I’m following Gack, one day, on his push-along car because he asks me to. He’s heading along the path of the cul-de-sac. He stops at the corner, at the kerb, so I sit down there too. He just watches the other children playing on their scooters and bikes in the road. We don’t say anything. Soon, some of the children come over (children who I’ve met before, briefly). They all sit around on the kerb too. We’re all just hanging out on the kerb, me and these two to five, six, seven year olds. There isn’t really a huge amount of conversation, we just hang out. I feel like I’m accepted. One of the children’s parents watches on from a short distance. I see this. I’m OK with this. The children are OK with me.

The moment of a wave

Recently, I came out of a fairly unproductive meeting. My head was just trying to get back into the ‘real world’ outside of the rarefied environment of political-speak and small, neat, clinically partitioned-off meeting rooms. I was walking down the street. I saw a big yellow school bus, which caught my attention, coming to a stop in traffic. As I walked past, one of the children inside smiled and waved at me. I wasn’t quick enough to wave back. I smiled. Two or three seats back on the bus, another child did the same. So, I smiled and waved back. He seemed pleased by my response. A few seats further back again, another child smiled and waved. I smiled and waved back to her. She seemed happy at this.

Children wave at people they don’t know. Maybe they know about moments and how the possibility of those moments being formed can mark them for a while. Knowing about moments allows a marking in me.

Moments become stories, and the story is a moment in itself.


Parenting and this play now

Being immersed in the ‘parenting role’, for this playworker, has led me along two lines of reflection this week: that of looking from the ‘outside, in’, and that of looking from the ‘inside, out’. That is to say, thinking on how others perceive me, with child, and thinking on how I perceive others, with child. When I collect these strands of thinking into one place, I find that what I’m thinking about is ‘this play, now.’

The normal and the controlling

It’s a curious situation to occasionally see yourself through other people’s eyes. You know yourself and all the little things that make you who you are. I know that, sometimes, when I walk down the street people may not look me in the eye, or sometimes they’ll make playfully mocking comments based on the fact that they think I look like Jesus! (It’s always original when they say it, but it does get a little wearing for me, after a while!) Now, when I walk down the street with Gack, this two year old seems to have a transformational affect on who or what I’m perceived to be: I get smiled at, greeted by strangers saying hello, or stopped by benevolent old women telling me how good it is for him, Gack, to be playing out. I am, it would appear, suddenly ‘normal’.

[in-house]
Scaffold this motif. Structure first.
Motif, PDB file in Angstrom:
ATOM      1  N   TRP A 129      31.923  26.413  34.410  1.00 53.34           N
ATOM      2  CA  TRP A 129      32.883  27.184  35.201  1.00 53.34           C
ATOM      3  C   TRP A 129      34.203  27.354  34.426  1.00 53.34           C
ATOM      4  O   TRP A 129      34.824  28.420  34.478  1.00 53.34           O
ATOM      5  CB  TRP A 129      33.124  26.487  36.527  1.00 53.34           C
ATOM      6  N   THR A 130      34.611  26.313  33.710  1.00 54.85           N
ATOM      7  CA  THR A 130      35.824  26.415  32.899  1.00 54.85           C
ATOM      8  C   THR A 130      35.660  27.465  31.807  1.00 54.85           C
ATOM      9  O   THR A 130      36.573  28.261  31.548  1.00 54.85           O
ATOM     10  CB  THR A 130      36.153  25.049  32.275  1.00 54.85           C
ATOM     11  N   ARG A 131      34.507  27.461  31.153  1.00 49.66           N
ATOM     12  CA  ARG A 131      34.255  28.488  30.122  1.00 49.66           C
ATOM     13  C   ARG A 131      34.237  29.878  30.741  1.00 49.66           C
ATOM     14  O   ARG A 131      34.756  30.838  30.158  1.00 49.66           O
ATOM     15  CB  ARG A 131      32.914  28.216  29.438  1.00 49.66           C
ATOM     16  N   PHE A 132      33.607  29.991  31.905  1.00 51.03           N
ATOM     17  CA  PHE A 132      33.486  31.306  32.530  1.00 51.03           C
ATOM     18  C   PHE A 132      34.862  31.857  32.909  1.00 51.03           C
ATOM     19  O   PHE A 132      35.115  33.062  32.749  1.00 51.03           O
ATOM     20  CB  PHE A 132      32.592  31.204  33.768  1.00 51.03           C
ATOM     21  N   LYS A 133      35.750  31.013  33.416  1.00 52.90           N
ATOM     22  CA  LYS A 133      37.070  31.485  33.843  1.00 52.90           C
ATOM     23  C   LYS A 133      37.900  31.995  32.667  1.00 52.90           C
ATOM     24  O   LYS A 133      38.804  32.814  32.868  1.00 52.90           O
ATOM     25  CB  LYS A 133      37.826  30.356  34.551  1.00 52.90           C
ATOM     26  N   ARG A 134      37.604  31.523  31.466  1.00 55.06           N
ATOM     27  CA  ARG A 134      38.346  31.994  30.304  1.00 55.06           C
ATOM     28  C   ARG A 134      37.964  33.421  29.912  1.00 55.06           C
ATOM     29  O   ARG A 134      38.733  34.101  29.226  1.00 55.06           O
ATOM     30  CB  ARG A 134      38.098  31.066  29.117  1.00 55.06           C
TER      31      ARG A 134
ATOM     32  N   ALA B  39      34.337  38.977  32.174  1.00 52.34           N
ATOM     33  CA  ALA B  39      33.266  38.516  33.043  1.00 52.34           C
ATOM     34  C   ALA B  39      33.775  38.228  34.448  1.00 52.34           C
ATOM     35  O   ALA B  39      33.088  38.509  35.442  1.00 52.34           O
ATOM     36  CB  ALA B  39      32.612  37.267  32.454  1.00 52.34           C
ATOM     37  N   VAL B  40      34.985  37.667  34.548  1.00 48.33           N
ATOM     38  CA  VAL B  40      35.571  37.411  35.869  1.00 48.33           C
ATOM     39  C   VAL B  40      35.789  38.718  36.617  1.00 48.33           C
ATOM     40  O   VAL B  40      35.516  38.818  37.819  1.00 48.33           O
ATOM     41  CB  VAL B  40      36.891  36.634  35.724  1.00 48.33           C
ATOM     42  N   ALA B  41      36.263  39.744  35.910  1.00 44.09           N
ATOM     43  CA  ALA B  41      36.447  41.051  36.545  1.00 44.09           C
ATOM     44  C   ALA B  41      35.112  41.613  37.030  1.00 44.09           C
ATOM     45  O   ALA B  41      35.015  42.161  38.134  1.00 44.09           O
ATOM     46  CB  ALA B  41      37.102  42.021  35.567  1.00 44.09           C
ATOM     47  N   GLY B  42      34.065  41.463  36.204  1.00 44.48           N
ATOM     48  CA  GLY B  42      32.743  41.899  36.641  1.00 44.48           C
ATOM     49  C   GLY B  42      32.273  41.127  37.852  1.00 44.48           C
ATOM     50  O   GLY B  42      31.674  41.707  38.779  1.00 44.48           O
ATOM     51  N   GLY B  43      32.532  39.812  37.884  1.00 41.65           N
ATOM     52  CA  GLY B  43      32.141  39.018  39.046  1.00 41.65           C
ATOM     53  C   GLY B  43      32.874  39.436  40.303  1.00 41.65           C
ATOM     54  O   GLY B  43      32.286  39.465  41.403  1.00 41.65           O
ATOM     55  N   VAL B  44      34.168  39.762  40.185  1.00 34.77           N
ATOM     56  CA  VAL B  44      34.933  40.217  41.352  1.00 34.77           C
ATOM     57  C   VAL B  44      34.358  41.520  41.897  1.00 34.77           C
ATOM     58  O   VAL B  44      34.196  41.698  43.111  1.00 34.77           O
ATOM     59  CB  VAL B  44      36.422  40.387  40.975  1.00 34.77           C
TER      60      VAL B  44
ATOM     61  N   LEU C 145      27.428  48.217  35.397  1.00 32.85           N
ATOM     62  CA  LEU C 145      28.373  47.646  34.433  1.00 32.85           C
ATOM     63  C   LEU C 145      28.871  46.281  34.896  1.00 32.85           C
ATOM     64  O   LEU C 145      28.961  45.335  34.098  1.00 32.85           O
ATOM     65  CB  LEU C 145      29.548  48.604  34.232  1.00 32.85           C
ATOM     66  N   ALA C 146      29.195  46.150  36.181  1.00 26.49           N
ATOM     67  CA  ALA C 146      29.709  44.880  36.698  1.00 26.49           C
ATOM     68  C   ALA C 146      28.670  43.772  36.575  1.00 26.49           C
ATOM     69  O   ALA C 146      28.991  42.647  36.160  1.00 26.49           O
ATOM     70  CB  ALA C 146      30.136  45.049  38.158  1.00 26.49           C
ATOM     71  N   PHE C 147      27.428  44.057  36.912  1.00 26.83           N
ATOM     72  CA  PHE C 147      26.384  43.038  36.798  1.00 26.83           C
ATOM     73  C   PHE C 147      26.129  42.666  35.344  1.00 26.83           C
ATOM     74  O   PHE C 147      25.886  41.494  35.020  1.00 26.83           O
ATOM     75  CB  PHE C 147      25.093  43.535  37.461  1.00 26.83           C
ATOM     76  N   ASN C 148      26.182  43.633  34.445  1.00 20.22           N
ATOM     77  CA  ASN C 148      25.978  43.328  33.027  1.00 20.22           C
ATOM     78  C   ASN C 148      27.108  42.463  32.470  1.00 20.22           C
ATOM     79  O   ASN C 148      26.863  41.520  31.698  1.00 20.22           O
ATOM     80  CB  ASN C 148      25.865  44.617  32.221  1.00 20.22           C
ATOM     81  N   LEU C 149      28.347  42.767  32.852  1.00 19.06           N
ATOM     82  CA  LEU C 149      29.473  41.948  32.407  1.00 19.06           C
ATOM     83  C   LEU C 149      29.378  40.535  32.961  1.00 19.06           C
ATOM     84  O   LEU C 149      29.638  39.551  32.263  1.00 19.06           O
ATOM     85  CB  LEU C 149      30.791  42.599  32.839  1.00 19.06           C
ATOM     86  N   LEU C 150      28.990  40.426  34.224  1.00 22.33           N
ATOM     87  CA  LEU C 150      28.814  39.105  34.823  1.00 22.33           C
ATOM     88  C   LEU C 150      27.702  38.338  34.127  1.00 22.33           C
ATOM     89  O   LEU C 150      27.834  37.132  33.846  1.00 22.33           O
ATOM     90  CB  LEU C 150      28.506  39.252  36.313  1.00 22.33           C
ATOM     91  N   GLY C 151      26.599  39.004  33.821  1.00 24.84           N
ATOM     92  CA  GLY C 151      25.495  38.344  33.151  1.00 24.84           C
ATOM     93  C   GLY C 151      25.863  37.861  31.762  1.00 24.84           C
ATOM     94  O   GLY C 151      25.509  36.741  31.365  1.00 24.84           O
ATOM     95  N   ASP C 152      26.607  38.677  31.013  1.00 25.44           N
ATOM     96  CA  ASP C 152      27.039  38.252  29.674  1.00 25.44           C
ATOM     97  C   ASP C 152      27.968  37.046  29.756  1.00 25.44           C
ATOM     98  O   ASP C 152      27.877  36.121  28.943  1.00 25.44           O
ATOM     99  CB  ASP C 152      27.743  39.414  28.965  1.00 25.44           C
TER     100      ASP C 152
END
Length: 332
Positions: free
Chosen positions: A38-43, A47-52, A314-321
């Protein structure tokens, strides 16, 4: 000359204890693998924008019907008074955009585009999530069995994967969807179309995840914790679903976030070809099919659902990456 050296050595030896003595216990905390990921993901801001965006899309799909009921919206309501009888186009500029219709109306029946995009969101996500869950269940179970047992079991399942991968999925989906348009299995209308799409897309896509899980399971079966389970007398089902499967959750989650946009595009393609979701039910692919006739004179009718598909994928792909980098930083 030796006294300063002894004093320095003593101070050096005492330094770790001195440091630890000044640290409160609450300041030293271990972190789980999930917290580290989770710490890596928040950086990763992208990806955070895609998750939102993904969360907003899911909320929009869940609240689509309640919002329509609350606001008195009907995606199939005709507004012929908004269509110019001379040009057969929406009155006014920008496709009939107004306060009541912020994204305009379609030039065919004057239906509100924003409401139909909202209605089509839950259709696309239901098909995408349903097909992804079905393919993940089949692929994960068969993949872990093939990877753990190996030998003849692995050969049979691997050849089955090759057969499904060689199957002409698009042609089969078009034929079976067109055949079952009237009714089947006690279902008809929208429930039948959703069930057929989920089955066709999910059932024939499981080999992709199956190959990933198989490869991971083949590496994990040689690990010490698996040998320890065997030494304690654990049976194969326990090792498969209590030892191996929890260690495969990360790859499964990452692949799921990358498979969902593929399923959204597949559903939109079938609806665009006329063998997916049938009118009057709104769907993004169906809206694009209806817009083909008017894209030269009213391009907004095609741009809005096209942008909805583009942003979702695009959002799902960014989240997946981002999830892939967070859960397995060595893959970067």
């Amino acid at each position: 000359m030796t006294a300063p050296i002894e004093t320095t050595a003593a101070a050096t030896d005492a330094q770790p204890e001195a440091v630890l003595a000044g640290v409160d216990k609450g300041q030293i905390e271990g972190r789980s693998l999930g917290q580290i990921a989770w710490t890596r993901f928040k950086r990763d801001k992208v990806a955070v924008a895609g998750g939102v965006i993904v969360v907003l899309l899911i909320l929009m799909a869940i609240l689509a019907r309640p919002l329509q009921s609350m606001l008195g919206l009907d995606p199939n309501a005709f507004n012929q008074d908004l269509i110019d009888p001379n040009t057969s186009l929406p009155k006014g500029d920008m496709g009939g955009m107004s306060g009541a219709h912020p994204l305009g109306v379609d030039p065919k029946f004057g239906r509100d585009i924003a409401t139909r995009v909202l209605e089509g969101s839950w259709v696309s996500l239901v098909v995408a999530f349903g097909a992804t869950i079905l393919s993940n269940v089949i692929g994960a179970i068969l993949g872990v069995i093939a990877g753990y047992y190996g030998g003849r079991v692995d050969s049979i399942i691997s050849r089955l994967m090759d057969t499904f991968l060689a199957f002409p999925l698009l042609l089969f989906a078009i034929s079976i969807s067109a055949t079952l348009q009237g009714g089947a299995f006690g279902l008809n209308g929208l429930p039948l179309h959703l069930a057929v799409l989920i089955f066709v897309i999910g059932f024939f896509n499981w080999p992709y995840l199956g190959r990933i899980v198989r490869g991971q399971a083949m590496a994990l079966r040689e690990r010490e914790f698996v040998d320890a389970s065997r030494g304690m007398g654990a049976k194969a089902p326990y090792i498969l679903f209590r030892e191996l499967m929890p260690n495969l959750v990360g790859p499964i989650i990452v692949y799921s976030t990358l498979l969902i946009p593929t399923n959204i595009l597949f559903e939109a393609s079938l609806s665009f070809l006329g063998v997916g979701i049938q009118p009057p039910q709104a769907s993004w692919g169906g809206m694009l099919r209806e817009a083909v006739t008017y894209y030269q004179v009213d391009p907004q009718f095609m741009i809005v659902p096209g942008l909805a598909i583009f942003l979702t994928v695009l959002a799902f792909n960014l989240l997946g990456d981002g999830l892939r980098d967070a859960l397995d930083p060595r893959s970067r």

We seem to have a general attitudinal confusion taking place in the UK (or that’s the way it seems to me, at least): on the one hand, there’s this perceived culture of ‘normalisation’, which goes hand in hand with the ‘protect the children at all costs’ collective consciousness; on the other hand, there’s the dominance of the ‘adult hierarchy over children’ way of living. For example, a couple of things overheard whilst out in the town centre recently:

‘He’s a walking liability at the moment.’ (A mother talking to another woman about her toddler, and said in what I took as a half-sneering but also half-joking/mocking manner, though without a hint of a smile).

‘No, you can’t go up those steps; we’ll get told off.’ (A mother talking to another toddler who clearly wanted to investigate a flight of concrete steps – which, incidentally, had no ‘keep out’ signs or barriers on them anyway).

So, here I am, observing from a distance in the town centre: thinking about how people perceive me when I’ve got Gack with me; thinking about how I perceive parents with their children.

Play experimentation and investigation

Play is many-coloured and many-shaped: play can be seen in all sorts of places and ways of behaving. So, play is jumping along between the paving slabs singing songs mashed together (‘Wind the Bobbin Up’ versus ‘Wheels on the Bus’ is a current favourite mash-up, for example); play is taking detours, on your scooter, into every empty car park along a route from A to B (wherever B will end up being), using the bumps in the tarmac to roll over; it’s even painting the toilet wall with the business end of the wet toilet brush (unfortunately!) – all of which have been playful pursuits of Gack’s recently.

Not everything the child does is going to be easily seen as play by the parent, of course (as we can see from the incidence of artistic flourish above!) However, tired and/or disgusted though the adult may be, it is play. It doesn’t make the act any the more agreeable sometimes, but taking a breath, standing back, understanding what this is, helps (I find). So, play is also investigating unusual places like a flight of concrete steps.

This play, now

Play is useful, and in this instance I’m not talking about its importance in brain growth, about the developmental benefits, about the health aspects, or about the therapeutic use of play, say, in healing processes. Play is useful for the child because it’s in the now, and it’s about what this now is. The ‘progress rhetoric’ of skills development for future use is one of many ways of looking at what play is useful for, but the future can’t happen without the now.